Many feel deep sense of loss

Published 12:00 am Tuesday, June 8, 2004

The personal sense of loss I felt as I watched the breaking news on TV Saturday afternoon was felt by many.

Former President Ronald Reagan, clearly America’s greatest president, was dead at 93, after a long battle with Alzheimer’s disease.

That loss felt by so many across the county is a tribute to President Reagan. Through his actions, his speeches, his demeanor, we learned many things, not the least of which was that to be an American, a true American, was a very special thing.

In every way, he demonstrated that. He was also a testament to the fact that hope and positive outcomes will arise from a positive outlook.

President Reagan was the first president that I remember. I was only 7 years old when he was elected and sworn in the first time.

I can remember that I was watching the day he was shot on Jan. 20, 1981. I was home from school that day with some kind of flu.

It was alarming to see someone I considered untouchable to be attacked like that with the TV cameras running. On a recent trip to Washington D.C., I saw the place where that horrible attack occurred. It was just a regular door, a back entrance to that hotel; but it was amazing how I had demonized it at such a young age.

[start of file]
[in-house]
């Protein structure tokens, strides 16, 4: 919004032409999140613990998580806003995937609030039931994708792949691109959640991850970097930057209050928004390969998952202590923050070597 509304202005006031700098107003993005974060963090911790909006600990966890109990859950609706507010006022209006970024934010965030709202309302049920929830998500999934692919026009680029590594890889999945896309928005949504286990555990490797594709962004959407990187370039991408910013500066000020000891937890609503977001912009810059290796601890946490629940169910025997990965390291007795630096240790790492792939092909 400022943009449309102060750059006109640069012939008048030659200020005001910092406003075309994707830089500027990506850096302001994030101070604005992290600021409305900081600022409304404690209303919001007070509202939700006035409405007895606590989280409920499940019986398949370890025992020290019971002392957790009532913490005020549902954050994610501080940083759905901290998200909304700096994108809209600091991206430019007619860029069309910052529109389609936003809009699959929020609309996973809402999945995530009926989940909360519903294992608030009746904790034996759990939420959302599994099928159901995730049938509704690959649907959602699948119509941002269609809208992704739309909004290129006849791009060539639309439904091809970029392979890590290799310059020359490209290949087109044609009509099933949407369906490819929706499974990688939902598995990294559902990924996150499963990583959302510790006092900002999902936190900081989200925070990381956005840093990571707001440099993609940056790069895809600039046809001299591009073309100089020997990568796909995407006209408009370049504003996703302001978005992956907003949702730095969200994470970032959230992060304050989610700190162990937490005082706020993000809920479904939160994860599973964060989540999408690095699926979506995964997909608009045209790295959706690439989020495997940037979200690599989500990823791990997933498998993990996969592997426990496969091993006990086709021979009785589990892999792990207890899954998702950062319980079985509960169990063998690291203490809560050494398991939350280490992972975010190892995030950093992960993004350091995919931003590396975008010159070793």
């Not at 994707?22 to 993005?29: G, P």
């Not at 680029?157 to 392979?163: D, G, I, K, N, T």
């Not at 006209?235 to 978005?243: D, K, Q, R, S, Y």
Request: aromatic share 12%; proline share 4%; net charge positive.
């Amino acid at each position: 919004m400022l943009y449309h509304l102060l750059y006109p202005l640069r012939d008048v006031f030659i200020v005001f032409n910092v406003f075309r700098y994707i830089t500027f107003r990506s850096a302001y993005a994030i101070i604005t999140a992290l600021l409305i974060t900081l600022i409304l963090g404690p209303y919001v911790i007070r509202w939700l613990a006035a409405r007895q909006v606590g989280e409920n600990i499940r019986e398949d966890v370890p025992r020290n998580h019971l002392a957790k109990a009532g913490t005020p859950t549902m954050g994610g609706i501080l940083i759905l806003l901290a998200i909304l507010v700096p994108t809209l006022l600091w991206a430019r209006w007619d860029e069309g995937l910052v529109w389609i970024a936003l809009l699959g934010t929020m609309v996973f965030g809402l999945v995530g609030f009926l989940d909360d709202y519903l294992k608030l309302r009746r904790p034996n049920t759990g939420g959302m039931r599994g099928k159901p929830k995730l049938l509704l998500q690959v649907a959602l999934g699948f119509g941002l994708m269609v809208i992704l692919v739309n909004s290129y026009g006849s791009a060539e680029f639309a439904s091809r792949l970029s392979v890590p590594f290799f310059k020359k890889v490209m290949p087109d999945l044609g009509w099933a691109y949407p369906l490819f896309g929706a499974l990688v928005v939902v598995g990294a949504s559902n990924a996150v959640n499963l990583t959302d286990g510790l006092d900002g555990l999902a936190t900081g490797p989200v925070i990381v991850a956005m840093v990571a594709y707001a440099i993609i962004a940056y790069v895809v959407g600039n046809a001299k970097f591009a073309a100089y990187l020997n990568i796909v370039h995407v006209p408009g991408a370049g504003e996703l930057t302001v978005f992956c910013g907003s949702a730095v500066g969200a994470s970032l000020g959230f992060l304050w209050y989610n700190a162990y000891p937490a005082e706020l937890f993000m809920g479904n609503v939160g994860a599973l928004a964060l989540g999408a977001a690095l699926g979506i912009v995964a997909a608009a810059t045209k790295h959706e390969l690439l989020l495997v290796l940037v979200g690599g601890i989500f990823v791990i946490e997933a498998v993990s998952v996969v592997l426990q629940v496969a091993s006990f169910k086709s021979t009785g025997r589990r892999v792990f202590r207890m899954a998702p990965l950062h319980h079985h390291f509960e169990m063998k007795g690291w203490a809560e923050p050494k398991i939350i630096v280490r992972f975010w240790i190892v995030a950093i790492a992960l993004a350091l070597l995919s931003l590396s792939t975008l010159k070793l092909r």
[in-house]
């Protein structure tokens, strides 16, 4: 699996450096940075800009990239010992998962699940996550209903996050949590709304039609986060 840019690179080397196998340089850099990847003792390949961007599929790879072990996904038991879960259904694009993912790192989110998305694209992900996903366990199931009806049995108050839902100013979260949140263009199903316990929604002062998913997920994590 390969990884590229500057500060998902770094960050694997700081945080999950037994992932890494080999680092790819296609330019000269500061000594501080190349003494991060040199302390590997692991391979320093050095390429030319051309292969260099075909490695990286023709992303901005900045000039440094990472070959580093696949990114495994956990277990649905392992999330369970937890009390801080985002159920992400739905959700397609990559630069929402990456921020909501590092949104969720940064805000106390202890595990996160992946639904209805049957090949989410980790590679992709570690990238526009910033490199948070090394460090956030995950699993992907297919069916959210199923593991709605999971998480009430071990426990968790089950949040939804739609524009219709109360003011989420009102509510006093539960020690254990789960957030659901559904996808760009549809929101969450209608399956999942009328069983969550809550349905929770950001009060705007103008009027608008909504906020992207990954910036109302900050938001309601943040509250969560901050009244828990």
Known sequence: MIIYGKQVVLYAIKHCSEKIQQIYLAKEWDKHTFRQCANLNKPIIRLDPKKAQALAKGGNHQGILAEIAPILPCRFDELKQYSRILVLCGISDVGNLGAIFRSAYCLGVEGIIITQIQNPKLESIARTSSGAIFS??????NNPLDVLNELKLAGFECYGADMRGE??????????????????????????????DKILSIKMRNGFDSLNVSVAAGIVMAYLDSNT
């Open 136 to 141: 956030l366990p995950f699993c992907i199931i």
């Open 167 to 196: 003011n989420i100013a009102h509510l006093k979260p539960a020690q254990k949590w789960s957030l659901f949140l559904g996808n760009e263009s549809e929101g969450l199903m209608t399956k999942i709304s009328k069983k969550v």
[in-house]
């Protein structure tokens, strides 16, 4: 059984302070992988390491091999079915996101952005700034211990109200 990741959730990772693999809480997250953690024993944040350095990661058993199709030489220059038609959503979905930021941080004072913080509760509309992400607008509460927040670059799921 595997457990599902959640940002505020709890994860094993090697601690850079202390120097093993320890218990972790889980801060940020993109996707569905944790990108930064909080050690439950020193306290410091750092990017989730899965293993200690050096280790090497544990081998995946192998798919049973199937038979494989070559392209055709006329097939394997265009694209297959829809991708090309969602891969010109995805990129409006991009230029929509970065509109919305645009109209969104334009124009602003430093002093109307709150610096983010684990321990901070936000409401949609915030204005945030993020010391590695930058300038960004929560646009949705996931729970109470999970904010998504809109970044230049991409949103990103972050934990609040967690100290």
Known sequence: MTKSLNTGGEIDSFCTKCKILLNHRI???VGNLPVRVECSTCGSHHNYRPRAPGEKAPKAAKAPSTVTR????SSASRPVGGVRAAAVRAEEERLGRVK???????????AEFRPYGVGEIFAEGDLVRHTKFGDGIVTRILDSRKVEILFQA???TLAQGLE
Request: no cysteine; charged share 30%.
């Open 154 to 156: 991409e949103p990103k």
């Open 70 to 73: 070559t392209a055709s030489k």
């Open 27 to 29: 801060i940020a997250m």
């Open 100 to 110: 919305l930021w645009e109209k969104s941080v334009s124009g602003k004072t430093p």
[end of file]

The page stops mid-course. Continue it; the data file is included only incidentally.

I was also watching when the Space Shuttle Challenger blew up in 1986 and President Reagan addressed the nation, assuring Americans while sharing our shock and sadness.

Then, I was watching one year later as he told Mikhail Gorbachev, &uot;Tear down this wall.&uot; Of course, he was referring specifically to the Berlin Wall but metaphorically, the wall of Communism which had forever separated that part of the world from the rest of us.

President Reagan looked at America and did not see what we were not. He saw what we could become. He looked at the world that same way, and set out to change it. And change it, he did. He was the force that halted Communism.

It was his conviction that there was a better way that led him to fight long and hard to &uot;tear down that wall.&uot;

It was that clear love of America that came out in every word, in every look of Ronald Reagan that endeared him to myself and so many others.

He did some other great things – cut taxes, reduced government, curbed liberal judicial activism – but it was his love of America that I will always remember.

In one of his incredible speeches, he said, &uot;America is too great a nation to limit ourselves to small dreams. We have every right to dream heroic dreams.&uot;

It is this outlook and his belief that in &uot;the shining city on a hill&uot; the best is always yet to come that I will forever hold dear when thinking of President Reagan. What an incredible legacy.

Candace Parker is the news editor at the Shelby County Reporter. She can be reached at